“I’m glad that they are two very different films,” Batty said. “Aside from two missionaries in peril, they are completely different films, which I’m excited about. I was concerned that ‘Oh, here’s this guy that makes missionary peril movies,’ but I think that ‘Saratov Approach’ stands alone as a film and ‘Freetown’ is a very, very different experience for the audience.”
And it was all accomplished with a new crowd too. All of the actors in the film were from Ghana except for one person who also worked on the crew. Outside of the five people who flew from Utah, the crew was entirely made up of local professionals.
[pullquote]“It’s difficult to make independent films anywhere, but then if you complicate it with an area that you are completely unfamiliar with, it just elevates the complication. What our crew, and certainly our cast may have lacked in experience, they certainly made up with a passion and attitude of just wanting to make the story work and do justice to the story because it is a remarkable story.” —Adam Abel, Producer of “Freetown”[/pullquote]
“It’s difficult to make independent films anywhere, but then if you complicate it with an area that you are completely unfamiliar with, it just elevates the complication,” Abel said. “What our crew, and certainly our cast may have lacked in experience, they certainly made up with a passion and attitude of just wanting to make the story work and do justice to the story because it is a remarkable story.”
While the film is directed and produced by two Mormons about Mormon missionaries, both Abel and Batty believe the story will resonate with anyone.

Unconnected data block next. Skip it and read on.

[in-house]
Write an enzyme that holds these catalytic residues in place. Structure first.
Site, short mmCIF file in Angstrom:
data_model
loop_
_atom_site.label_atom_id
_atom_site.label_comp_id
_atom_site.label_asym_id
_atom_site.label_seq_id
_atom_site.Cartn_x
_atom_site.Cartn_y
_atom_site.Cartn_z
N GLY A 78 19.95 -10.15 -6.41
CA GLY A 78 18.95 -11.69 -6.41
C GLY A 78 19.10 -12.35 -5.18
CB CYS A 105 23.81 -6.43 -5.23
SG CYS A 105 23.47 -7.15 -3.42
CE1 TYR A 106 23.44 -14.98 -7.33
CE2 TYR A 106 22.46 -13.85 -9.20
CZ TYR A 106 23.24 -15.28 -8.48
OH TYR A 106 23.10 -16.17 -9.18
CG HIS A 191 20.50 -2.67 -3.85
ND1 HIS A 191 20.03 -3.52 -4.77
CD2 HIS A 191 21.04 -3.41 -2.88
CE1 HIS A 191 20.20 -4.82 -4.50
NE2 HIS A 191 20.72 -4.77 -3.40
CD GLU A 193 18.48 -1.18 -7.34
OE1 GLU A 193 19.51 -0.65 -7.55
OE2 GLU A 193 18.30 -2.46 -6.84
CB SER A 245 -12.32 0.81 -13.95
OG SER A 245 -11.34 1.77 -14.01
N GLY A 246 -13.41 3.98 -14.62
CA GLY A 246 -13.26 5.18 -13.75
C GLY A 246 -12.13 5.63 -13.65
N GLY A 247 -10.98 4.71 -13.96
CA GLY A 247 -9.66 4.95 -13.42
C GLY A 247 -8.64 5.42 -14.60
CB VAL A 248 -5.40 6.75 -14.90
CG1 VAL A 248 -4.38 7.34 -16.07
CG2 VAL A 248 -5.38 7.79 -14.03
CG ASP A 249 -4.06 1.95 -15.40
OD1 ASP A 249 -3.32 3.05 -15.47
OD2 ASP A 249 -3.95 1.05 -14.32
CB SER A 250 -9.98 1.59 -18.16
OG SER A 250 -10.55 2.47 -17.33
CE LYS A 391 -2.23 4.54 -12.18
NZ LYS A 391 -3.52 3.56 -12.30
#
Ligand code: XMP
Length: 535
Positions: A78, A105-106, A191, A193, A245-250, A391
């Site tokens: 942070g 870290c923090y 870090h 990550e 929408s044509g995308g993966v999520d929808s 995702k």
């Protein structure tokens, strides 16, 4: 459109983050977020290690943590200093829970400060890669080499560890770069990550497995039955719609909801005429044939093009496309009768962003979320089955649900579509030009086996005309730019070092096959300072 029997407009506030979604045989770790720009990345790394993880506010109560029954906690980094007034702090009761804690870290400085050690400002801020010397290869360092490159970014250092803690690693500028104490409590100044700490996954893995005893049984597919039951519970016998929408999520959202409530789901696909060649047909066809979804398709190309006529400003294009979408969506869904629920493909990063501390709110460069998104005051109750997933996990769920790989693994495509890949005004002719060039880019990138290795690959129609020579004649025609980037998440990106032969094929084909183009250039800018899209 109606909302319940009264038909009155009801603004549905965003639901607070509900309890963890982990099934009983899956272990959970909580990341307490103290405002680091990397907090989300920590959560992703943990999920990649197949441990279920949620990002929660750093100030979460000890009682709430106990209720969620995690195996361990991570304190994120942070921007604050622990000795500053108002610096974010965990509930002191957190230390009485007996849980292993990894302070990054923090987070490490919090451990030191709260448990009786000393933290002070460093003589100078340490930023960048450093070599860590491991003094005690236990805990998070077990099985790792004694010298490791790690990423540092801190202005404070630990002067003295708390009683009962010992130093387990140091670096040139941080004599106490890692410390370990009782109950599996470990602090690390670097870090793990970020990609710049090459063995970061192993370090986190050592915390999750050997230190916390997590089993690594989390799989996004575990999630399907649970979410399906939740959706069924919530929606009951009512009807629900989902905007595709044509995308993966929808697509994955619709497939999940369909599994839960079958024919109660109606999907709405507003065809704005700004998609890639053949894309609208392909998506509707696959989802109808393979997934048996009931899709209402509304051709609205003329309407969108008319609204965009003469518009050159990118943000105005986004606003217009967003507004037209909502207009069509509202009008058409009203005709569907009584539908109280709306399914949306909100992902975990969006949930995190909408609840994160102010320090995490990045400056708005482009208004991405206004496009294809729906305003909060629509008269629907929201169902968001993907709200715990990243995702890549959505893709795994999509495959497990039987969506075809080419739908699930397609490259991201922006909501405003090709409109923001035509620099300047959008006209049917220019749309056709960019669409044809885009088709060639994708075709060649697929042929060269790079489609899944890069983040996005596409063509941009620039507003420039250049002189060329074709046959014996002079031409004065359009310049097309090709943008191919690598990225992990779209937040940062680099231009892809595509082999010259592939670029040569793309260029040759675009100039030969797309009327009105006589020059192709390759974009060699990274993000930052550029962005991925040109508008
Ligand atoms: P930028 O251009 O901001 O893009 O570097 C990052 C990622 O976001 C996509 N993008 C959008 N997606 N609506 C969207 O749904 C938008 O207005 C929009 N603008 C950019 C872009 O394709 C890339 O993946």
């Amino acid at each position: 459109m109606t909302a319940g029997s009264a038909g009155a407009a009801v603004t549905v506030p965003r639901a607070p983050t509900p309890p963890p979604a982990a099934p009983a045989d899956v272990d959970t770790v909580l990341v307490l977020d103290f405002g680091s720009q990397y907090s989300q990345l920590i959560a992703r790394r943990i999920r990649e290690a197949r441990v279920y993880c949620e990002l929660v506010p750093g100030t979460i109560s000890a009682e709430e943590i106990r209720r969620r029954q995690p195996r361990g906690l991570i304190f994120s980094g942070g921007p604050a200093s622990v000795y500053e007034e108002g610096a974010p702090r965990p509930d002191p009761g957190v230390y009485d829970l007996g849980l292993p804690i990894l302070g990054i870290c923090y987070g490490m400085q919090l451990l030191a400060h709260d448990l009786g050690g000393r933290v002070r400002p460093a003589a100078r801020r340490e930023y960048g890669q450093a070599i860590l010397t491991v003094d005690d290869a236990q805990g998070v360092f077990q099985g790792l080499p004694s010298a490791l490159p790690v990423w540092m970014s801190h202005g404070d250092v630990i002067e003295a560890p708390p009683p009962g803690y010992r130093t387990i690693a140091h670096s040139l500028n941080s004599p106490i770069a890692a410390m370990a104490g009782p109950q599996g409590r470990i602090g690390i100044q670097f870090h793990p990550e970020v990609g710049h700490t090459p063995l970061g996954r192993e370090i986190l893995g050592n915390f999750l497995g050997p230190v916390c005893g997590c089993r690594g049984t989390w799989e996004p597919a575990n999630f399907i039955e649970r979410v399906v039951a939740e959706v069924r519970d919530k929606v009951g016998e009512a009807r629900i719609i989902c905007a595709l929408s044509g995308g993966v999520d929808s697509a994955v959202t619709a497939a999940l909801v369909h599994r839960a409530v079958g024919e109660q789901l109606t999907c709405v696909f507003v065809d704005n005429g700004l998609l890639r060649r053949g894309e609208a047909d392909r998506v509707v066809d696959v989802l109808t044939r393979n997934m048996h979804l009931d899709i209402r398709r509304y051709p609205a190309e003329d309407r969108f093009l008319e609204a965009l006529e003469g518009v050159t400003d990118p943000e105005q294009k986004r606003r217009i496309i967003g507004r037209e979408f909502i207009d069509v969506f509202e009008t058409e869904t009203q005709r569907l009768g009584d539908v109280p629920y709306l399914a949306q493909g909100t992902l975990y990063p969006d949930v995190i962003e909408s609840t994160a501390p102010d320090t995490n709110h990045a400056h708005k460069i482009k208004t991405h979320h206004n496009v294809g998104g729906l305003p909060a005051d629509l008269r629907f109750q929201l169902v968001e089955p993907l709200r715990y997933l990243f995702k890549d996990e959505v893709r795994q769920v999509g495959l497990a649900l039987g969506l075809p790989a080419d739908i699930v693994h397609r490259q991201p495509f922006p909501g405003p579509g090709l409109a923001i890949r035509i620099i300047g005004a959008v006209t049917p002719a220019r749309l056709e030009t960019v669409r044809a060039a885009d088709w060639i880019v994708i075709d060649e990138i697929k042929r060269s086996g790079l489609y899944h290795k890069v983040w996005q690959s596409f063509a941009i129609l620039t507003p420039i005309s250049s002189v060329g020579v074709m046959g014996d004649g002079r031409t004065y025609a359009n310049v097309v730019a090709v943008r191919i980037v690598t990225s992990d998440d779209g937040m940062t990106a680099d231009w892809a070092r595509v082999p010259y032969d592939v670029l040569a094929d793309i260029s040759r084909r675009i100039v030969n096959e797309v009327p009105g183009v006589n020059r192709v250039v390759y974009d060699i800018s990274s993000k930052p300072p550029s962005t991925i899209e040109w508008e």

“I hope they are like me,” Abel said. “I want to go to a movie to be entertained, first and foremost. And then certainly within the context of entertainment, if it is something that can inspire and motivate me to be better or see something in a different light that will influence me or others — there are those takeaways from ‘Freetown.’”
“Freetown” opened in Africa in March and was accepted into the Pan African Film Festival. Abel and Batty returned to Oyibi, where they filmed parts of the film, to share the movie. Over 200 villagers came to watch the film projected onto a 12-foot screen.
“We were certainly aware that many of the areas where we filmed, they didn’t have movie theaters there and most likely hadn’t ever seen a movie before, so we thought it would be great to … project it in one of the little villages we filmed it in,” Batty said. “It was pretty quiet during the movie, but the minute that their village showed up they were screaming and yelling and saying, ‘That’s his house.’”
“Freetown” opens in select theaters in the U.S. on Wednesday, April 8. Find a theater near you here.
The process of seeing his history come to the big screen hasn’t been entirely an emotional walk down memory lane — Menti says his spiritual strength has been lifted and good memories have returned too.
“I remember people telling me I was the missionary who brought smiles and was affable, and I saw that in him (the actor who portrayed Menti),” Menti said.
However, it is the scripture strategically placed on the back of the tiny Toyota Corolla used as the missionaries’ escape vehicle that sums up the message of “Freetown,” “…I believe; help thou mine unbelief” (Mark 9:24).